Hello Emily! Congratulations on your newest book, Reviving the Hawthorn Sisters. I’m part way through it and finding it riveting! As much as I want to talk about the book, since it has just come out, I don’t want to risk any spoilers. Especially for myself. Suffice it to say, Readers, this is Emily Carpenter. Read the book. Read all of them…
So, thank you for taking time out for this interview. Roswell Reads, as you know, celebrates Southern writers and their stories. We thought it would be interesting to talk to you about your work and what makes you tick as a writer. Here we go…
Q: Your books all have an element of psychological suspense, but they can also be classified as Southern Gothic. Your settings include creepy houses and/or asylums, isolated locations, swamps and classic evil characters. Where does that come from? What draws you to these characters and settings?
A: Maybe something super-strange in me? I’m not sure – all I can say is that I’ve loved scary, spooky stories from the time I was a little girl and I’ve never strayed far from that first love. I’ve always seen the evocative atmosphere of the South, always felt the ghosts of the old South in my bones so I enjoy conveying that to readers in my stories.
Q: You write books that are plot-driven. The plots are intricately woven and I wonder how difficult that is. How do you avoid plot holes? How do you ensure the story all comes together without any loose ends?
A: I love a complex plot, but I wish I could even tell a simpler story. But again, I enjoy reading books that are a bit more intricate, so I guess that’s what I end up writing. I always have plenty of plot holes, but that’s what excellent editors are for! Catching those buggers so I can clean them up!
Q: I also love the characters in your books, and how they relate to each other. They seem very real to me. How real do your characters feel to you? Are you more like a puppet master - controlling them throughout the book or do they, at some point, take on a life of their own?
A: Thank you! I think it takes me a good three-quarters of the book to get to the point where the characters solidify. Until then, a lot of times, I’m searching for who they are – for what truly motivates and scares them. When I finally get to the end of the book, I know them better, but sometimes it takes further edits and revisions to really hone in on their complexity and realness.
Q: Who is your own favorite character?
A: I love Daphne Amos from EVERY SINGLE SECRET because she had such a rough, lonely childhood and just wanted a family of her own. She believes in love. Truly believes. I also love Dove Jarrod from HONEYSUCKLE GIRLS and REVIVING THE HAWTHORN SISTERS. She is smart, resourceful, funny, pragmatic, and courageous.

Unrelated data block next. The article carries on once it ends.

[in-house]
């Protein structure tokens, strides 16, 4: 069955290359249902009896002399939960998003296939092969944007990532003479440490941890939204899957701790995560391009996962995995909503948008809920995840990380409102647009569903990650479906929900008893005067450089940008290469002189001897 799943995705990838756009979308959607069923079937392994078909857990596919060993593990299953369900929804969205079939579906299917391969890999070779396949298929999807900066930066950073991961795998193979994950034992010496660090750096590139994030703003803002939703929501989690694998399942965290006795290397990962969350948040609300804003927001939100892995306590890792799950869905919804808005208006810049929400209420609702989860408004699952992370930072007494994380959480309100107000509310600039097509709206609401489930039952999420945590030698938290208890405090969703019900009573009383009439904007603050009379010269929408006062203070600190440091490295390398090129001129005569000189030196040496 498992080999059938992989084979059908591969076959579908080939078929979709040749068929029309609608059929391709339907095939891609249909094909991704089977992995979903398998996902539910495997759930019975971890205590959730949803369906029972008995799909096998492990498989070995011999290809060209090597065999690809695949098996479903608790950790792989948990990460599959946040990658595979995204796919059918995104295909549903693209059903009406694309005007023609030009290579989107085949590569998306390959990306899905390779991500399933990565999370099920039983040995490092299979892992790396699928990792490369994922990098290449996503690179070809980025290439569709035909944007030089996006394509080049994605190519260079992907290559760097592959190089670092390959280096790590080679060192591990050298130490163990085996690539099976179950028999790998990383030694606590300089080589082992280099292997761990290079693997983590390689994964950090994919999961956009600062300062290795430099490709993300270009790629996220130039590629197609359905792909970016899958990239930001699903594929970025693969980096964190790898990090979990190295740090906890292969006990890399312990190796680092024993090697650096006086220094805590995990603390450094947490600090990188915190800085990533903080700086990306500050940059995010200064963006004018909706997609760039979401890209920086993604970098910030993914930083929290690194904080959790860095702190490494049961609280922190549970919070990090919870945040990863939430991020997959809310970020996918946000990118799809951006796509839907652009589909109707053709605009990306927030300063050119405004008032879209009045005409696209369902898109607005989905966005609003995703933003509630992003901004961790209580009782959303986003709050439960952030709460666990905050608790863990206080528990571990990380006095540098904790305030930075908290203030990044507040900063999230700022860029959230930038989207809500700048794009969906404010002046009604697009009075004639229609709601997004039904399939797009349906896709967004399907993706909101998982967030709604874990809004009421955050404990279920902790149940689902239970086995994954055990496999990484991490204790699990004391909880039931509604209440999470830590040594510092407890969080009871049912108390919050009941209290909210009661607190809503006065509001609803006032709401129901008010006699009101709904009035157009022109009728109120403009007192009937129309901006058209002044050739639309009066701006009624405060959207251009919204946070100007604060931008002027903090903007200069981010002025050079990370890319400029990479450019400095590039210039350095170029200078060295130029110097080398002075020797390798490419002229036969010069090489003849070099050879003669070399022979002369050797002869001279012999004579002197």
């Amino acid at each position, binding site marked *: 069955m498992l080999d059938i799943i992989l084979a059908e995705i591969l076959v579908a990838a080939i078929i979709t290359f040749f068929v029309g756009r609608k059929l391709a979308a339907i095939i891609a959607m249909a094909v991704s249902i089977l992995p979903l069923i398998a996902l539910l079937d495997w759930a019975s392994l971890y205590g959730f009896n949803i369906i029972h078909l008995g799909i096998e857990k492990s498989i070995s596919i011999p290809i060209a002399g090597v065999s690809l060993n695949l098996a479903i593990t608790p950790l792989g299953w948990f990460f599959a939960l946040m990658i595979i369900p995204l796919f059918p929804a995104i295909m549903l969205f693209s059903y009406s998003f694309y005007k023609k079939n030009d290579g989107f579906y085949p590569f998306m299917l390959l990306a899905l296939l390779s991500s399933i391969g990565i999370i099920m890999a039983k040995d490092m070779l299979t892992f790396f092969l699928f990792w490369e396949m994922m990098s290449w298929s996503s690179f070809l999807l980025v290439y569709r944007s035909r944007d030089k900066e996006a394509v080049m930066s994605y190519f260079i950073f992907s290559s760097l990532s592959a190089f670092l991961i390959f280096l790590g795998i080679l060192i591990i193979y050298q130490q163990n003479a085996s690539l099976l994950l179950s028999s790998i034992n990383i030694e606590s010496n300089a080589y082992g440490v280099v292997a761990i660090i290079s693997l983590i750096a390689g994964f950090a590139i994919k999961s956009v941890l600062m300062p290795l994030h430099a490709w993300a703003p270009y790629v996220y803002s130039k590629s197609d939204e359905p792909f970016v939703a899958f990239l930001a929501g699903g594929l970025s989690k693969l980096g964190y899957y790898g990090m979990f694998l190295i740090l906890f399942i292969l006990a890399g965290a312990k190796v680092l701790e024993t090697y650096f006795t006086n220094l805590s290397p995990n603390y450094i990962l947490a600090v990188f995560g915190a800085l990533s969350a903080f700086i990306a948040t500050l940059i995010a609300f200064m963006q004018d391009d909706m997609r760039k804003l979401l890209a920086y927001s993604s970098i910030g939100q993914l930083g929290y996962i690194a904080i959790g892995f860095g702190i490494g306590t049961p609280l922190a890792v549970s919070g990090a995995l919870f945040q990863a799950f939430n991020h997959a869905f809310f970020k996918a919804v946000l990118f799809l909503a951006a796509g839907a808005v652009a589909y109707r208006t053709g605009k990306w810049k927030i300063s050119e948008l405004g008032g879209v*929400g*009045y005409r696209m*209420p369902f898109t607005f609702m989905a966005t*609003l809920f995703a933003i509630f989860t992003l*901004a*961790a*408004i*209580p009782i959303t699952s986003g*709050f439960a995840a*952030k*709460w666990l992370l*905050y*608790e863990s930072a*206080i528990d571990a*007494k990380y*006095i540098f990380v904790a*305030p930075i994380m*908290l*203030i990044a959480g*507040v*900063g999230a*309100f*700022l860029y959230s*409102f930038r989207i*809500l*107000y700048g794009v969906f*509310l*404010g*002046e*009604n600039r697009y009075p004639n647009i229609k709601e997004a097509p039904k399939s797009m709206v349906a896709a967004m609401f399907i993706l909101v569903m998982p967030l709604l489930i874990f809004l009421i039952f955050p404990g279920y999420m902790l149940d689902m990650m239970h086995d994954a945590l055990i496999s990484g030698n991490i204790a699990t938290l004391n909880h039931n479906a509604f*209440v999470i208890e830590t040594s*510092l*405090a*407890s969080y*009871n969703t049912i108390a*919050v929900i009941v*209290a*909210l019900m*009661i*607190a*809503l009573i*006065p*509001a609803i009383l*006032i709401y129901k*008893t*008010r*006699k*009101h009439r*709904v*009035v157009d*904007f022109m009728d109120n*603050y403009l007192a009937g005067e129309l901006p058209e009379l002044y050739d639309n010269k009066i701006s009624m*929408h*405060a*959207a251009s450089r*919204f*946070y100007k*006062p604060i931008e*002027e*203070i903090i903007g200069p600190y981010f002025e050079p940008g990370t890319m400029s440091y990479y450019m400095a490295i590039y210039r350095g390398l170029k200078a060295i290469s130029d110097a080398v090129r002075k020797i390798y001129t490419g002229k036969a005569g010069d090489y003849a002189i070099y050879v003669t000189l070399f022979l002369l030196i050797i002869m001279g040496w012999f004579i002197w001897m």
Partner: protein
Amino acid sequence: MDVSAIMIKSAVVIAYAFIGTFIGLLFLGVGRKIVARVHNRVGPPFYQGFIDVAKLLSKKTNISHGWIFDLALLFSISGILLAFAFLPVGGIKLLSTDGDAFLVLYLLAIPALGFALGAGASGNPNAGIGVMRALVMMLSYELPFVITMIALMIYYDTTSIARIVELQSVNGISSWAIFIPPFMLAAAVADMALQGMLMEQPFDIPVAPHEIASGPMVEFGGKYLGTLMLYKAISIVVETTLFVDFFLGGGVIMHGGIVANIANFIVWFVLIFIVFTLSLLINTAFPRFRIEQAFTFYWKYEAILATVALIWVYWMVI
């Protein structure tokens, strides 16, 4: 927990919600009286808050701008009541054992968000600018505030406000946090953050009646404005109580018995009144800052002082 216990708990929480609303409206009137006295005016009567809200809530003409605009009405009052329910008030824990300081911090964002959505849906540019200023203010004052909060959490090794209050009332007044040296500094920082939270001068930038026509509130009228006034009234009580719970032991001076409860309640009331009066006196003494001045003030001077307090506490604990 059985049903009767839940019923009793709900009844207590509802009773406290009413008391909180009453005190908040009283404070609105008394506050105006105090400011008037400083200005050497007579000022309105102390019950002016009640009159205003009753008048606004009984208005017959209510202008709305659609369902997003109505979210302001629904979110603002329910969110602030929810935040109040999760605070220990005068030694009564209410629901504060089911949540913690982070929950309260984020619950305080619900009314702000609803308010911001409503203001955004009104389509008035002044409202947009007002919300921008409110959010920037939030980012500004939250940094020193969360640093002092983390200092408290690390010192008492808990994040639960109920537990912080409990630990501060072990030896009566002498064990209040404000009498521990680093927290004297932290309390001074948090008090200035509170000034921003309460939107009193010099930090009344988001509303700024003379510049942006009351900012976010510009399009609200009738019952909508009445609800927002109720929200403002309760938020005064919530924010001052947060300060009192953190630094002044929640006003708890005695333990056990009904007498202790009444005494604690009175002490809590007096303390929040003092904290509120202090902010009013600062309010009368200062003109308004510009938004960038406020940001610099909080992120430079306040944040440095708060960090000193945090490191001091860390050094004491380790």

Q: Here’s a strange question: I get a little nervous when I read your books, partly because of the suspense but also because some characters are just plain frightening. Do you ever scare yourself? Like, if you’re home alone do you ever start thinking about the book you’re working on and get scared of your own creations?
A: I’ve never scared myself. I’m pretty immune to that I think. If I wrote a character that scared me, I feel like the book would delve into full-on horror!
Q: Would any of your family members, friends, or enemies recognize themselves in your books?
A: No. Truly, all my characters are fictional. They have to fit the needs of the plot and I couldn’t just stick a real-life person into any old plot. It just wouldn’t work.
Q: Your books contain a wealth of information on things like buildings, mental health issues, and history, just to name a few. It all rings true to your readers. How much research do you do?
A: I do enjoy research but only to a point. It’s got to serve the story. The characters. Occasionally, I’ll find myself going down a rabbit hole, but generally, I want to get back to the task at hand – writing the book.
Q: In your spare time, how much reading do you do? Who are some of your favorite books and authors? What writers have most influenced you?
A: I am, regrettably, a slow reader, and with this difficult year, easily distracted. I wish I read more. I love all sorts of authors, from all kinds of genres, but I would say I’m heavily influenced by Gillian Flynn, Stephen King, Lois Duncan, and the Brontes!
Q: Speaking of spare time, what do you do when you take a break from writing?
A: I love movies and TV! Recently I decided I needed to take up a hobby that didn’t require work or intense struggle to improve or perform so I’m getting back into horseback riding, something I did as a kid. But not training, just good, old fashioned trail riding for fun and relaxation.
Q: Before you got your first book published, did you ever get discouraged? Do you ever feel discouraged or overwhelmed now? A lot of people think writing is easy, but it’s work and can be hard at times just like any other job. What keeps you going?
A: Oh, there were years of discouragement, just ask my husband. Lots of rejection and getting your hopes up, only to have them crash down. Even after getting published, you hope for readers to find your book, buy it, and love it! And that doesn’t always happen to the degree you want. Occasionally, I feel discouraged, but I really try to keep perspective on what I’ve accomplished and how much fun I’ve had. Wherever I go from here, it’s always a joy to get back to a story and just write. That is the greatest gift.
Thank you, Emily, for sharing your time and thoughts with us. Keep writing!
Check it out! Atlanta Authors presents Emily Carpenter on December 5, 2020!
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